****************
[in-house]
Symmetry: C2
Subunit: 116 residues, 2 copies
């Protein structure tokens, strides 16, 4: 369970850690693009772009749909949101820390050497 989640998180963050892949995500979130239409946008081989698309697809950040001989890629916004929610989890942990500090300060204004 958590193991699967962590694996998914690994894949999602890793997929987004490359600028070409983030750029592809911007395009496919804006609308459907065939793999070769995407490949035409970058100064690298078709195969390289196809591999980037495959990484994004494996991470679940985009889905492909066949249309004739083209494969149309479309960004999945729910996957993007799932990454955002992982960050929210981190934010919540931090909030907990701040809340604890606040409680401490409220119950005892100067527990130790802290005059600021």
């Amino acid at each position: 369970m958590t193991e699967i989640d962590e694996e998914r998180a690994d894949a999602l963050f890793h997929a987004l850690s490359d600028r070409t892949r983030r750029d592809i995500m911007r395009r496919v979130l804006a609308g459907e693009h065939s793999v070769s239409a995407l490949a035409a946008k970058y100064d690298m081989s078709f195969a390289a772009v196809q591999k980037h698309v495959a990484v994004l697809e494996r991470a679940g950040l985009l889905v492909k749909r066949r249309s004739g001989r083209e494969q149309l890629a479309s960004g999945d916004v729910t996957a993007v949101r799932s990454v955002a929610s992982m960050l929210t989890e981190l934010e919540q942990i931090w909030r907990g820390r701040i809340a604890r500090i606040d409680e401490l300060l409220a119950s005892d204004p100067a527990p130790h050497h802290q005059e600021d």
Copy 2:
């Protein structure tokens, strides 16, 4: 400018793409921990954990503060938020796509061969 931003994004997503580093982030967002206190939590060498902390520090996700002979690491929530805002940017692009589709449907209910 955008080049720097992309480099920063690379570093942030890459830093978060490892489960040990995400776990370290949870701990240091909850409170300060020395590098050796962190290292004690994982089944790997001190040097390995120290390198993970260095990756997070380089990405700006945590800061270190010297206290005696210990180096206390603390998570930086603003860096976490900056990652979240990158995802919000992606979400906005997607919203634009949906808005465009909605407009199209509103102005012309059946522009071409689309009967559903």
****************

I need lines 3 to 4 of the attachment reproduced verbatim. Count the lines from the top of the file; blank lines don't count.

Subunit: 116 residues, 2 copies
């Protein structure tokens, strides 16, 4: 369970850690693009772009749909949101820390050497 989640998180963050892949995500979130239409946008081989698309697809950040001989890629916004929610989890942990500090300060204004 958590193991699967962590694996998914690994894949999602890793997929987004490359600028070409983030750029592809911007395009496919804006609308459907065939793999070769995407490949035409970058100064690298078709195969390289196809591999980037495959990484994004494996991470679940985009889905492909066949249309004739083209494969149309479309960004999945729910996957993007799932990454955002992982960050929210981190934010919540931090909030907990701040809340604890606040409680401490409220119950005892100067527990130790802290005059600021």